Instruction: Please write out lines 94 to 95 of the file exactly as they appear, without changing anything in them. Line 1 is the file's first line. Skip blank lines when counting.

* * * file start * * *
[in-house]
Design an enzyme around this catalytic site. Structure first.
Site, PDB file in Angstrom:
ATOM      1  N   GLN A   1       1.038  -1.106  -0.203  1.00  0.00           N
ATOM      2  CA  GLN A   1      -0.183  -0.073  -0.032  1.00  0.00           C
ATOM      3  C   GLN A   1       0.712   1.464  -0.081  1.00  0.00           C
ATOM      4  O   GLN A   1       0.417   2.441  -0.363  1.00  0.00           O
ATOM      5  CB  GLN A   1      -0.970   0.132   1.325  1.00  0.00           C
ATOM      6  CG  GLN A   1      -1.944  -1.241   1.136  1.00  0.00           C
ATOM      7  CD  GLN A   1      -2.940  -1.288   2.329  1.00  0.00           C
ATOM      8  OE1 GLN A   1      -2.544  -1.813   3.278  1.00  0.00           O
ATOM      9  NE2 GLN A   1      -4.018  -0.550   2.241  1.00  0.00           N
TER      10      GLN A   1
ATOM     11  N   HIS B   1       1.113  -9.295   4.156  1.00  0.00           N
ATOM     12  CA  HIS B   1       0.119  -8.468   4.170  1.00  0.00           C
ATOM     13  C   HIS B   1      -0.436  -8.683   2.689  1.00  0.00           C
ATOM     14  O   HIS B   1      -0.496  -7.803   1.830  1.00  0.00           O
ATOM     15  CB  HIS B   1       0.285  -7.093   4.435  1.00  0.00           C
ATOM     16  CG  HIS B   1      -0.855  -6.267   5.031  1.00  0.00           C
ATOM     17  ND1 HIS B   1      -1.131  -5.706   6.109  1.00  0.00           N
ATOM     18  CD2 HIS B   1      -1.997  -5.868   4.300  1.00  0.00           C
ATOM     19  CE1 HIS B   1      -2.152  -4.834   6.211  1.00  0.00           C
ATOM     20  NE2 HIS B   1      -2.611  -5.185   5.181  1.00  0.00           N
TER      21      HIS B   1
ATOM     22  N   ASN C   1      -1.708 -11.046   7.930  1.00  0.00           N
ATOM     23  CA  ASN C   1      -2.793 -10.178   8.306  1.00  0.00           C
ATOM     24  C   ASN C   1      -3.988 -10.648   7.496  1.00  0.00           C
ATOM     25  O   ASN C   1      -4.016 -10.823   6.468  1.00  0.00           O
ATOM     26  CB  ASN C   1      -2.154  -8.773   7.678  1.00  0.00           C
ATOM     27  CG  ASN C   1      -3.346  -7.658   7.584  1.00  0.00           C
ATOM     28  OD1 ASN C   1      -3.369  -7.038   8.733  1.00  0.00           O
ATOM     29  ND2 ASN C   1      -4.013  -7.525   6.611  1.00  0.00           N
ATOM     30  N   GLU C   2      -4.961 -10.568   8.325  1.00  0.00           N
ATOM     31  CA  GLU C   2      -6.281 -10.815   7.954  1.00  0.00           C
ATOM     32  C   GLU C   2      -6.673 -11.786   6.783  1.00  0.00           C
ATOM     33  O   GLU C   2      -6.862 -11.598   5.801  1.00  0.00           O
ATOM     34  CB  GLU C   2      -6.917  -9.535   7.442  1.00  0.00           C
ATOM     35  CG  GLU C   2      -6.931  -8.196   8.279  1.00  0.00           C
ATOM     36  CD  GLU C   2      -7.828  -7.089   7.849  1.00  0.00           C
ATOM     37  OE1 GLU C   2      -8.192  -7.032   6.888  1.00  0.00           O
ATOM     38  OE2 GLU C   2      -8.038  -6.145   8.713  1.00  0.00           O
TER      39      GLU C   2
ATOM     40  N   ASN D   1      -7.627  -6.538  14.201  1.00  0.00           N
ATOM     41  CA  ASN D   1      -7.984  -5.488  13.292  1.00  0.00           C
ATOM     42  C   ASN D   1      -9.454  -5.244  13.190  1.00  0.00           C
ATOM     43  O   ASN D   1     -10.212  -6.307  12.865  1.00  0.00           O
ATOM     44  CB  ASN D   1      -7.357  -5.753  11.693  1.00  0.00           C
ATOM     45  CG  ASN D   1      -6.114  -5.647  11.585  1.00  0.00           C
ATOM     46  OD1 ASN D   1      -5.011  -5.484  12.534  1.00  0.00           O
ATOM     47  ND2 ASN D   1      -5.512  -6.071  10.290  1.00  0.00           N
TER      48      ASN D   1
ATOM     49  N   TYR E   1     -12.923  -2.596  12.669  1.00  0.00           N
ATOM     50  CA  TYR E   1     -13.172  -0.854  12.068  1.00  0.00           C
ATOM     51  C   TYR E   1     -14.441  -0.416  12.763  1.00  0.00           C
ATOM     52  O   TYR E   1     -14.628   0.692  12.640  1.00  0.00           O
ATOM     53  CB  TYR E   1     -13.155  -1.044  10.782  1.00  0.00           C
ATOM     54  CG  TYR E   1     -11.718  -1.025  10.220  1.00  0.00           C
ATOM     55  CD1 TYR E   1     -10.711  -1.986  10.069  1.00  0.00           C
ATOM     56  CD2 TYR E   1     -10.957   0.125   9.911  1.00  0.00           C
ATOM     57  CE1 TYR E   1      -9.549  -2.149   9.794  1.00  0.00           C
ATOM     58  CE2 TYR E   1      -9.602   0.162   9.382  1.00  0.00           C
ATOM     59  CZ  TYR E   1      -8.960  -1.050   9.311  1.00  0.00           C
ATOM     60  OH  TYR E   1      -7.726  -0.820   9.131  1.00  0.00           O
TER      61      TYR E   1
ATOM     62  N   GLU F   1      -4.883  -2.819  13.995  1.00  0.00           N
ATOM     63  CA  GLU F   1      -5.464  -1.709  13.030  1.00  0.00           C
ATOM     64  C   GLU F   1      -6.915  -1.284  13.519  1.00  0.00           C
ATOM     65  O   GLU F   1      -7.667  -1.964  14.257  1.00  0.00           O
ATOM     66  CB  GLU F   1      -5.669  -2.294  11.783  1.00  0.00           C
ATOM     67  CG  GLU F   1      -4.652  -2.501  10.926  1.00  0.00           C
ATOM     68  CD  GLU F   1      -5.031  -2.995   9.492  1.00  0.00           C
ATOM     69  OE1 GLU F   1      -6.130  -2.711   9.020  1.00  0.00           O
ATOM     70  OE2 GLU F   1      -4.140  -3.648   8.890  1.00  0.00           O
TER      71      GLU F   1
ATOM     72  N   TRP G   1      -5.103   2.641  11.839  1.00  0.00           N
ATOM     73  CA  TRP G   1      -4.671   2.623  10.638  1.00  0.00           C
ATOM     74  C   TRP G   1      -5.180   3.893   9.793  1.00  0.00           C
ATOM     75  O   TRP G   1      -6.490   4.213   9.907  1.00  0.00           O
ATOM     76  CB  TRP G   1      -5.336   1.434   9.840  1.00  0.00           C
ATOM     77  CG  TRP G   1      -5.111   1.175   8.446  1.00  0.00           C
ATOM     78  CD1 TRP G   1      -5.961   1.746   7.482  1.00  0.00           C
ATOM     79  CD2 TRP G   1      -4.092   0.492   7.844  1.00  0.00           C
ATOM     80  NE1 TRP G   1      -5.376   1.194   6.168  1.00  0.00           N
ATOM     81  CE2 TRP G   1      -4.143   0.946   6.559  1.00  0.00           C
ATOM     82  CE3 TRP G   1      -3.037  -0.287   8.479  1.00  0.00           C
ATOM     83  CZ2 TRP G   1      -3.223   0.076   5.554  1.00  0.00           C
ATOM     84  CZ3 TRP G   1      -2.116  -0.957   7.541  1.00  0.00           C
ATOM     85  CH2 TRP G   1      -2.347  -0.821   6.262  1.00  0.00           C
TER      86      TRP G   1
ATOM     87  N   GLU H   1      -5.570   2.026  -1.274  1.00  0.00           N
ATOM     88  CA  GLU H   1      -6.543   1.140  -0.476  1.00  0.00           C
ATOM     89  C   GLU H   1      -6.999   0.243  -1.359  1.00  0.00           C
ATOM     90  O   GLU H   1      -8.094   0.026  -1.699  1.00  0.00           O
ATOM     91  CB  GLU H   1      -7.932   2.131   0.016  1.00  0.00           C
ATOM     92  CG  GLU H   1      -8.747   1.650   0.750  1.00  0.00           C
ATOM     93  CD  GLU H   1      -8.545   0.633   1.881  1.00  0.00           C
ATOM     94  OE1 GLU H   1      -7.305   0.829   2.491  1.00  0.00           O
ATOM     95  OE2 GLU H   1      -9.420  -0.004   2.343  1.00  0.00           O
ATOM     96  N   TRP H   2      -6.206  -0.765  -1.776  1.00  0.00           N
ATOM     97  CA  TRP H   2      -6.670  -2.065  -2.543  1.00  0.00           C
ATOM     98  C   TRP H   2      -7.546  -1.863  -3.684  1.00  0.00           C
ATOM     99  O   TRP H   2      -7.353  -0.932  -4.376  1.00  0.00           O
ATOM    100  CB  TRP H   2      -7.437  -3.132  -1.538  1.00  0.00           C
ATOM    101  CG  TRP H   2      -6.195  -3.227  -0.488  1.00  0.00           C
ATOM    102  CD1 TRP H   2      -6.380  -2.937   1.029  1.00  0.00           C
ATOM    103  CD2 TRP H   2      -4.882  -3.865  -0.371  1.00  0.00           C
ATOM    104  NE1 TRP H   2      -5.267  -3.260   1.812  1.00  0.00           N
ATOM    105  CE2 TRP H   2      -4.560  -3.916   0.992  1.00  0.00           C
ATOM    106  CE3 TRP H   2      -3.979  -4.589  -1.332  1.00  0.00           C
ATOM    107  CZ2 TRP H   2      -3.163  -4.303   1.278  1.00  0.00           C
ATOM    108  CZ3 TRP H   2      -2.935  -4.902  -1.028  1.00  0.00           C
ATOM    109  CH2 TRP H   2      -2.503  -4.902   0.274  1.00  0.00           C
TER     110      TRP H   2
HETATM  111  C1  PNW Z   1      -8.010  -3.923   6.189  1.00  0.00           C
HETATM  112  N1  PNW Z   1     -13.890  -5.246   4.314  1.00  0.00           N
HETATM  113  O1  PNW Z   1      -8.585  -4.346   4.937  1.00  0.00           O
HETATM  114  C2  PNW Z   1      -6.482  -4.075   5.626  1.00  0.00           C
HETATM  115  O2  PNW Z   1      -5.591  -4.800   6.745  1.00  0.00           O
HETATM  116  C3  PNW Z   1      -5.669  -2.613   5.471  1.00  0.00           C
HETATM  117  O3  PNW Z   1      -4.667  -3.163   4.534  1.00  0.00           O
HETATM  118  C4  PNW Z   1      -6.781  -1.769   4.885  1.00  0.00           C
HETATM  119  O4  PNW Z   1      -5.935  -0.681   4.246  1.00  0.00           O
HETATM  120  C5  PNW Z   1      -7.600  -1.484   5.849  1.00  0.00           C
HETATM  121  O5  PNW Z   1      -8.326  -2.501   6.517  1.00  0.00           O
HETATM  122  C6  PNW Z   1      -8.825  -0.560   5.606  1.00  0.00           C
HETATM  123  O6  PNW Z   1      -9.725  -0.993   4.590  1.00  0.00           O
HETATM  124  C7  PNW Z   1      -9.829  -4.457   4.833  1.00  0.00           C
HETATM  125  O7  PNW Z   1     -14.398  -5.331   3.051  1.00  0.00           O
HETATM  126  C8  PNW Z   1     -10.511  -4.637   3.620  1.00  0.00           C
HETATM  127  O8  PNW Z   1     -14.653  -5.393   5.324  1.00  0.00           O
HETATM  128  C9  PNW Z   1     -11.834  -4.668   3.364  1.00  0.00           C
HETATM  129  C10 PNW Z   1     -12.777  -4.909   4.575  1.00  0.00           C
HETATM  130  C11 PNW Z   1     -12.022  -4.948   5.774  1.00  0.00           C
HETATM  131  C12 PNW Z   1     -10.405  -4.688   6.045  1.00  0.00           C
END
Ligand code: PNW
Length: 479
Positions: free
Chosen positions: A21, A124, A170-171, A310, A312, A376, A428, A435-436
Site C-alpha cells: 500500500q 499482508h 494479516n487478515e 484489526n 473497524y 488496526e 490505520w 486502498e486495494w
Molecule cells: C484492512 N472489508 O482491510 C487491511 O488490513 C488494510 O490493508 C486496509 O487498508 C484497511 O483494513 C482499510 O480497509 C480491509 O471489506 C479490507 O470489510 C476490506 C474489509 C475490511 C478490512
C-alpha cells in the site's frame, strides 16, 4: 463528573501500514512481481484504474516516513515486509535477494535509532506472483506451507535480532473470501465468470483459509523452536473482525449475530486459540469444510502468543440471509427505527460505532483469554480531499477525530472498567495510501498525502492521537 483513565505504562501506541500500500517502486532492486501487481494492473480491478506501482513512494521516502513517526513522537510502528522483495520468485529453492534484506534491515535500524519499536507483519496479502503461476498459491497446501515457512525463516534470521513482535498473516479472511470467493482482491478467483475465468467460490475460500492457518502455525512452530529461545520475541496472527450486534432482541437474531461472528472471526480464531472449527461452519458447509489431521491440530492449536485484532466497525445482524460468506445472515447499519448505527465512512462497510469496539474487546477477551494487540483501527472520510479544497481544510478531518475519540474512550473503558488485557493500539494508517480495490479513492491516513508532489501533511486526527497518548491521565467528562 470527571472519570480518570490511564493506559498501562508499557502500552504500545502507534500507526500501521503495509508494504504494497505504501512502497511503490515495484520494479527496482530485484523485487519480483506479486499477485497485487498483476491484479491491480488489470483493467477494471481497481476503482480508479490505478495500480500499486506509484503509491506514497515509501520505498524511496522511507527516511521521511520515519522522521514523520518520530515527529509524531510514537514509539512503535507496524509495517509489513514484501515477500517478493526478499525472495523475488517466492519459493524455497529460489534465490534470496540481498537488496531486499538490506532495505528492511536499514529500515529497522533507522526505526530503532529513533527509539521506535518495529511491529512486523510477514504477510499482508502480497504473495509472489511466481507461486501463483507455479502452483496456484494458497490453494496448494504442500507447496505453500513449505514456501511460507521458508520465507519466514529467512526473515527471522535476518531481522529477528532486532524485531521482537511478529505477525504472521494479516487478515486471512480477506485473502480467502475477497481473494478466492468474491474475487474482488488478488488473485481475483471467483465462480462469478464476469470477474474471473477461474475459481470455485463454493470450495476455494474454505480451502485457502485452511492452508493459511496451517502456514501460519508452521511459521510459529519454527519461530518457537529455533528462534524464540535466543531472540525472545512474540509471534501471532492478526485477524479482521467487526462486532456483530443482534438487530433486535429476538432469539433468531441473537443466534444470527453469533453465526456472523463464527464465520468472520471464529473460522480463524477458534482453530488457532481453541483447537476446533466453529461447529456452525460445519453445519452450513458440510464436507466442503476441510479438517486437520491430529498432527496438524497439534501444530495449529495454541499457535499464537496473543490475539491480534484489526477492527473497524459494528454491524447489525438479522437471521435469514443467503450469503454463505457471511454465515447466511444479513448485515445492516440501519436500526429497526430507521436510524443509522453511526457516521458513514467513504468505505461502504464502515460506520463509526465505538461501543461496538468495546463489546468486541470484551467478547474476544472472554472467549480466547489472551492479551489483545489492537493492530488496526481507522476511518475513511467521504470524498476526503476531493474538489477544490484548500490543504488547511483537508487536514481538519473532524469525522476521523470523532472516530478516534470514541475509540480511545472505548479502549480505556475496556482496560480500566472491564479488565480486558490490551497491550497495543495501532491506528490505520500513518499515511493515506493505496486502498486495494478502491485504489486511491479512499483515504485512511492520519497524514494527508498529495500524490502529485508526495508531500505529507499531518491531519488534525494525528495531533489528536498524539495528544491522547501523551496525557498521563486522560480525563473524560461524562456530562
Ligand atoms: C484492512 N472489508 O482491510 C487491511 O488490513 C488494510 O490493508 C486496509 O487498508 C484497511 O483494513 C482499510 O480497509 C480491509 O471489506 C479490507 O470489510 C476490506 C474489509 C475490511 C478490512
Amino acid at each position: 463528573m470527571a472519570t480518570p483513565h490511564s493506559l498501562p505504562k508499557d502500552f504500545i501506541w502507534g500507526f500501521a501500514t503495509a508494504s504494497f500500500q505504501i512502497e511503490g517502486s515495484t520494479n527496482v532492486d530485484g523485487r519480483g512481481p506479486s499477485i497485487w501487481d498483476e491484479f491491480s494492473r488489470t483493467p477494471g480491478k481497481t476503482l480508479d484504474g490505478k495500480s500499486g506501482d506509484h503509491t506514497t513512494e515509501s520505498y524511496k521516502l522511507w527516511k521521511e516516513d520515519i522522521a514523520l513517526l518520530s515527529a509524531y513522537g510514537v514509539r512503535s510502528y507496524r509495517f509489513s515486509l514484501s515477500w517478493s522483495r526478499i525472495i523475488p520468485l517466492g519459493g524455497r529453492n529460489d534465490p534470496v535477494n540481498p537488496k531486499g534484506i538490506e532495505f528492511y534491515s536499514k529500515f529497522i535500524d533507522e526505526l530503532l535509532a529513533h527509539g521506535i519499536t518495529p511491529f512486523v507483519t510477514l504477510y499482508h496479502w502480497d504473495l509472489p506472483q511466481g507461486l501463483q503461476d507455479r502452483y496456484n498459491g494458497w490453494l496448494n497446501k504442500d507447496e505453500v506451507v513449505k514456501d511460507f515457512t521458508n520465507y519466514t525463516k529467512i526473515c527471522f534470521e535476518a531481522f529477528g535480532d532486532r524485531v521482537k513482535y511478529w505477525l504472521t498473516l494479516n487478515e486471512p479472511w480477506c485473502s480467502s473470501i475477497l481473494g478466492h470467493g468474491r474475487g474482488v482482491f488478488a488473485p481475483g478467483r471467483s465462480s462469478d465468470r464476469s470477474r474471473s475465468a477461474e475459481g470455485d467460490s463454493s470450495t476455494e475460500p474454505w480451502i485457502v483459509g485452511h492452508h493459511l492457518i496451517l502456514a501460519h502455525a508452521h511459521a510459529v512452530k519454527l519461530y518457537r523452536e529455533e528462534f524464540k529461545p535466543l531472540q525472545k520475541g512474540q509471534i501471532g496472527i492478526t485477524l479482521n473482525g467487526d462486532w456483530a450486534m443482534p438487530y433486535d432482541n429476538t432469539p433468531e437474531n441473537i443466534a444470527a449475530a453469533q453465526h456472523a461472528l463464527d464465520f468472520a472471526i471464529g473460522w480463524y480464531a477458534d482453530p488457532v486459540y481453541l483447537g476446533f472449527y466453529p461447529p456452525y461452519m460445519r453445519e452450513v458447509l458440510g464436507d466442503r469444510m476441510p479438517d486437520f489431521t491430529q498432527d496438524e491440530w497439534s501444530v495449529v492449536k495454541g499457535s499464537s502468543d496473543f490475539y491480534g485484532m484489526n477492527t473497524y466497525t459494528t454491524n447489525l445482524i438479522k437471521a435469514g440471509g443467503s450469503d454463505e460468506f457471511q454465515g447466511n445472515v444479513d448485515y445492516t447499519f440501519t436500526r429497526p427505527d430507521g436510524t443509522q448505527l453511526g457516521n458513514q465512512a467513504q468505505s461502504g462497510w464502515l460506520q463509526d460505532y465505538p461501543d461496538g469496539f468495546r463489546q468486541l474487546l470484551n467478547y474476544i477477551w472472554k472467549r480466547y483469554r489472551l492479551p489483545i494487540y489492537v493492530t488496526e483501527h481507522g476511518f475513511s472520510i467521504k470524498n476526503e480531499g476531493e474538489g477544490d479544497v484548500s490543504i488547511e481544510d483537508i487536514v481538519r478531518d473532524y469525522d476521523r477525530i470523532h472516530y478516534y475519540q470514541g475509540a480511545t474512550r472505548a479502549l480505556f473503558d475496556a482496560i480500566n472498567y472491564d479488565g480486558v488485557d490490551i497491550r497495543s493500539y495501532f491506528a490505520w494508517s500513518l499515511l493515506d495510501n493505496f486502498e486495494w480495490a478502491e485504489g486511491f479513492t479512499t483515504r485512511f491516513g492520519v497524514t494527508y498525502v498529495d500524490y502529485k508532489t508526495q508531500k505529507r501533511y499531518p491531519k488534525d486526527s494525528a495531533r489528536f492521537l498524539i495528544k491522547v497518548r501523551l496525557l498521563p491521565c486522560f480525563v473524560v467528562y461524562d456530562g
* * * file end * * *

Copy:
ATOM     91  CB  GLU H   1      -7.932   2.131   0.016  1.00  0.00           C
ATOM     92  CG  GLU H   1      -8.747   1.650   0.750  1.00  0.00           C